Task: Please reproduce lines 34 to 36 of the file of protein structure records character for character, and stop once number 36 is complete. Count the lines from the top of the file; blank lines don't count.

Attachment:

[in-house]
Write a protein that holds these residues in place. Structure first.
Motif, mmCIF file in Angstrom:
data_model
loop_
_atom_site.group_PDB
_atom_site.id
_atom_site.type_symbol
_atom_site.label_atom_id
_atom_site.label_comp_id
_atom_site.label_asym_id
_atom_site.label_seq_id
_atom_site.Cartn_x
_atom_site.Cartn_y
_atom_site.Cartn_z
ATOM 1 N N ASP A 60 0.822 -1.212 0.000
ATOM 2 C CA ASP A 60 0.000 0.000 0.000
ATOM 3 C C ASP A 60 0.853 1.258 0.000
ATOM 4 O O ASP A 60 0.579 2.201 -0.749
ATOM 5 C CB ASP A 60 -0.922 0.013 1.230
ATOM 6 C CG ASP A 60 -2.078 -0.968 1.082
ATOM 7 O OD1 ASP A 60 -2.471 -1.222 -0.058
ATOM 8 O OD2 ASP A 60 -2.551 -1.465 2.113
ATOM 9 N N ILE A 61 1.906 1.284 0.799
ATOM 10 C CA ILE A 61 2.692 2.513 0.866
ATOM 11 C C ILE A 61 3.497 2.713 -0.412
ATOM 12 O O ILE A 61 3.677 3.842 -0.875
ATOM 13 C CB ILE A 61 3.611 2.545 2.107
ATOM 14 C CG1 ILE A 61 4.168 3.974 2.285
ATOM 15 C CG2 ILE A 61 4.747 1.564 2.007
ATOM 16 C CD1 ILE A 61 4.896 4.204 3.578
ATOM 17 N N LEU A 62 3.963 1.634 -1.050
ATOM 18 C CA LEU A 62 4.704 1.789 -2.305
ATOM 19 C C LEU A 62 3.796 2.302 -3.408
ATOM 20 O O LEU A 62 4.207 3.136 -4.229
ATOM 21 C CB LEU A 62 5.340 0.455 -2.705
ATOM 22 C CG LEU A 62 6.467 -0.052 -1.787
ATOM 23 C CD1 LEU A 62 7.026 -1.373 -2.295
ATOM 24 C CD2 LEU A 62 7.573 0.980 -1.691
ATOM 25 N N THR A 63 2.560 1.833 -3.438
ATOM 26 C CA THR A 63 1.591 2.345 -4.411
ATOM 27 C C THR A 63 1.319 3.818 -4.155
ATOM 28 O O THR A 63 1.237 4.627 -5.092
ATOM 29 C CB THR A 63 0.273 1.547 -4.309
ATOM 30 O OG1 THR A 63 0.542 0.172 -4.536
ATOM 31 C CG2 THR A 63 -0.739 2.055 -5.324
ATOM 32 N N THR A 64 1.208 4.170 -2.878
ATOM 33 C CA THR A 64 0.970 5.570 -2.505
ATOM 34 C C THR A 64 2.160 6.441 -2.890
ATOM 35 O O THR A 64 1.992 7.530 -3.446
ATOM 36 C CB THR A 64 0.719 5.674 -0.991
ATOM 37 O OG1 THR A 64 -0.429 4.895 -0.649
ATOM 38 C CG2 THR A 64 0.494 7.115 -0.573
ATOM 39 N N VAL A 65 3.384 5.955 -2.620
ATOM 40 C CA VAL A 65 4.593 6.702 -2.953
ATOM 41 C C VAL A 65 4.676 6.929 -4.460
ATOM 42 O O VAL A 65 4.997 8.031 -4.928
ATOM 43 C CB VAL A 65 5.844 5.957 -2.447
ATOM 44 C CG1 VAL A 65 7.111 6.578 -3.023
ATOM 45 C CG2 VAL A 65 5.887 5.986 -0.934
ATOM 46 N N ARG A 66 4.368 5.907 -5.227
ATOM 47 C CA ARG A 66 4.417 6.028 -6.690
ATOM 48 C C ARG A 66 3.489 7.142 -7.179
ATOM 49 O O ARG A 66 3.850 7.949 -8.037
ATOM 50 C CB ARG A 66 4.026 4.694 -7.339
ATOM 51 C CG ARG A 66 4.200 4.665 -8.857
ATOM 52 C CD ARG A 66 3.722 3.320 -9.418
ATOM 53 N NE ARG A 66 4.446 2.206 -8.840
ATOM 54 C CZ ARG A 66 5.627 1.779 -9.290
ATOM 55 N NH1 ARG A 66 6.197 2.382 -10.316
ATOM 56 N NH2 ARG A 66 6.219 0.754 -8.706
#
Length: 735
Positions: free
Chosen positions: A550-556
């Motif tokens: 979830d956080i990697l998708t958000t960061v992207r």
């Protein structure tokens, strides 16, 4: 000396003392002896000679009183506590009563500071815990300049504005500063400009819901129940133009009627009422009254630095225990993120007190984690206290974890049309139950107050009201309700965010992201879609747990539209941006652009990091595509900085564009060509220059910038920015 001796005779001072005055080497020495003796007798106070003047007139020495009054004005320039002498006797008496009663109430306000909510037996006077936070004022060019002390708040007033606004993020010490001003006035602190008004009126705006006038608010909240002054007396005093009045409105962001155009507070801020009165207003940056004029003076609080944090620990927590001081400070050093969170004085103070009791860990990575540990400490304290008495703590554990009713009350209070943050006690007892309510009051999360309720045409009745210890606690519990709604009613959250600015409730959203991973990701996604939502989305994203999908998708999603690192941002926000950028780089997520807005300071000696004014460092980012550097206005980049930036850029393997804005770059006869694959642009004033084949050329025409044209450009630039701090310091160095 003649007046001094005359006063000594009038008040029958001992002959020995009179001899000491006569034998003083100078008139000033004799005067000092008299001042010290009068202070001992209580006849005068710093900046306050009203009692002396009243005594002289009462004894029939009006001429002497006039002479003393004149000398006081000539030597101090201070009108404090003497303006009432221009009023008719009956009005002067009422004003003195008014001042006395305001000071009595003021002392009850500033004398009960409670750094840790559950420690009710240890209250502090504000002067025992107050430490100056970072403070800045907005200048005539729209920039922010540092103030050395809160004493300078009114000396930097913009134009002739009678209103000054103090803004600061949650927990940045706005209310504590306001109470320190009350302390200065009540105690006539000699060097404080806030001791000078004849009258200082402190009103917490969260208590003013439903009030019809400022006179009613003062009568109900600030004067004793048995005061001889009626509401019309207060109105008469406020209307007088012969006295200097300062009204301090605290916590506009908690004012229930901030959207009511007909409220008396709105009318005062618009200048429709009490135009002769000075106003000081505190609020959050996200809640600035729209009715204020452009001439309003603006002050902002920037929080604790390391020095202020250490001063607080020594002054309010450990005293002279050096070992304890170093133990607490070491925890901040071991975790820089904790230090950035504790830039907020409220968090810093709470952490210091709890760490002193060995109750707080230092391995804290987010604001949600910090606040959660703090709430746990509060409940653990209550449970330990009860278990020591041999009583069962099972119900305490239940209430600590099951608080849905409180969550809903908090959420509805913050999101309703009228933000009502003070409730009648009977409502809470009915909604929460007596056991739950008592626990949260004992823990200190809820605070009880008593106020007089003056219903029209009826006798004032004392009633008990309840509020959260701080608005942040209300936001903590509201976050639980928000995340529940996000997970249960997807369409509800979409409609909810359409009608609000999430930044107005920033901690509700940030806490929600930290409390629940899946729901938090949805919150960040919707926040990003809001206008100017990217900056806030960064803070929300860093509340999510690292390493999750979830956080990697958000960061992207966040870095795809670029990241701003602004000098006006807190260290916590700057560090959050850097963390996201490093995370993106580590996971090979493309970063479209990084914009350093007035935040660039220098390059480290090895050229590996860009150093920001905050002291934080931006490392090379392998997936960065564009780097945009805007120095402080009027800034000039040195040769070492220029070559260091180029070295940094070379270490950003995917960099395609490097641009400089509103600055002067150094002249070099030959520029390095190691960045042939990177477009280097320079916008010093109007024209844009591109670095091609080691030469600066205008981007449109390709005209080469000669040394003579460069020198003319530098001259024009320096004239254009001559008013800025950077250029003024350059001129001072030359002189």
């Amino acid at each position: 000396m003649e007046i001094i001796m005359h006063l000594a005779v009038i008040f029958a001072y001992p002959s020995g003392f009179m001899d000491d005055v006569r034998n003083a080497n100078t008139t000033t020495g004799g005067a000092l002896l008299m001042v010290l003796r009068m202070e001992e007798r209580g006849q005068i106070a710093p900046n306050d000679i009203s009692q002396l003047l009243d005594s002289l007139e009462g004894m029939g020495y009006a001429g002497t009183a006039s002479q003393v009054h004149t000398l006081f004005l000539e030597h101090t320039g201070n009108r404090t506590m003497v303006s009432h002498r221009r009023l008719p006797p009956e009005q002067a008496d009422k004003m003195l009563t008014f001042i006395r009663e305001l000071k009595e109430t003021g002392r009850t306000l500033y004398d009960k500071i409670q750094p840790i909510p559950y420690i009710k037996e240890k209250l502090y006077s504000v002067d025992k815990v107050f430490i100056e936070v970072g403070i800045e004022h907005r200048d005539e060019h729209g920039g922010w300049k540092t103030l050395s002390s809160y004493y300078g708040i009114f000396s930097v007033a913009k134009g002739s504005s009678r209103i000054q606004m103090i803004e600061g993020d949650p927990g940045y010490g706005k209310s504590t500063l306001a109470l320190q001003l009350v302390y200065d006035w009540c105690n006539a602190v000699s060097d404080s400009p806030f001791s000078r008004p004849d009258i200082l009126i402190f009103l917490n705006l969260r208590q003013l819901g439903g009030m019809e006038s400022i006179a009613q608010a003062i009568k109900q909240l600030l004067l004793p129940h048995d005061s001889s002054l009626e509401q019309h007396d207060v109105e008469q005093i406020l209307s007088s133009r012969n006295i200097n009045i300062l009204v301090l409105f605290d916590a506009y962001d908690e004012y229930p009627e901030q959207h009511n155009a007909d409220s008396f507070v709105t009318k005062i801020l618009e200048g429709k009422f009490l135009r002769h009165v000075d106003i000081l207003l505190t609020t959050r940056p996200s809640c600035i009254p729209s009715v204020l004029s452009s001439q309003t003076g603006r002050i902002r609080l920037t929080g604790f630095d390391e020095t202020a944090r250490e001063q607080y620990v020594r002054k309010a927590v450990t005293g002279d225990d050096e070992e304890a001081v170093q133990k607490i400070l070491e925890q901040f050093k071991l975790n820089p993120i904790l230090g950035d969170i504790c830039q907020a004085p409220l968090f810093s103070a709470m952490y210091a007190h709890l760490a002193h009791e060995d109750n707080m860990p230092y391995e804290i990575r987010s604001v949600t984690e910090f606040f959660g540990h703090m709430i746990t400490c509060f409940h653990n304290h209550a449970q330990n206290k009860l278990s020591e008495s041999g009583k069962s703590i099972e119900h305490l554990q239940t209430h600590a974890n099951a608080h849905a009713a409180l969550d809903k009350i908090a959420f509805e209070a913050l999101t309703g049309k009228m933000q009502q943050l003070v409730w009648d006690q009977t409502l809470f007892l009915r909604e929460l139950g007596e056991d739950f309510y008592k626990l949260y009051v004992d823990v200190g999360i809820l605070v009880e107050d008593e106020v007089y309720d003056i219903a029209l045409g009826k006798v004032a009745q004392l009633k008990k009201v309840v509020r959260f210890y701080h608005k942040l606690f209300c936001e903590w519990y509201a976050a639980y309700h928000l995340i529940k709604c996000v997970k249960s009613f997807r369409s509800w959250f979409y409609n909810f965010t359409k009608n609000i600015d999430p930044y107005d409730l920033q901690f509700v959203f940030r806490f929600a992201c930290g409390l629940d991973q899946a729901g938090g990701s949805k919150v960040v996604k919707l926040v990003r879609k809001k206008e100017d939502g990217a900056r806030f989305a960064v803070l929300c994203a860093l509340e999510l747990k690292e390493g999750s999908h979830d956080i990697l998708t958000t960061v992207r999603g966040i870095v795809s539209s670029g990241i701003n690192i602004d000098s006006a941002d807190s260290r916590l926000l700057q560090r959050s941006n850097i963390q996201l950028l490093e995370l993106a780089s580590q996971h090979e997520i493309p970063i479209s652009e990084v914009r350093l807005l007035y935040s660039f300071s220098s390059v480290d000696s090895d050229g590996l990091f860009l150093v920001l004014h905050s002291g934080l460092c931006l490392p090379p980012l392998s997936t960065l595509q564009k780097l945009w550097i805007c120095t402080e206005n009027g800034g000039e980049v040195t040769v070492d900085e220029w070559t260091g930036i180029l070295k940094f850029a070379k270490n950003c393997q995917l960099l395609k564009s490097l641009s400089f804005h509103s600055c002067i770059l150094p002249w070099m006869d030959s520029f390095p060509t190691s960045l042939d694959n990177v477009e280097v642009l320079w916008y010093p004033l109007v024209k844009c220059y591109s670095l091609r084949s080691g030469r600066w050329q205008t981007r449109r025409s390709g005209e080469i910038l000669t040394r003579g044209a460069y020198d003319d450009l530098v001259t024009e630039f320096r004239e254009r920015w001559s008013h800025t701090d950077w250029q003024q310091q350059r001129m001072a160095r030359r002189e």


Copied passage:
ATOM 19 C C LEU A 62 3.796 2.302 -3.408
ATOM 20 O O LEU A 62 4.207 3.136 -4.229
ATOM 21 C CB LEU A 62 5.340 0.455 -2.705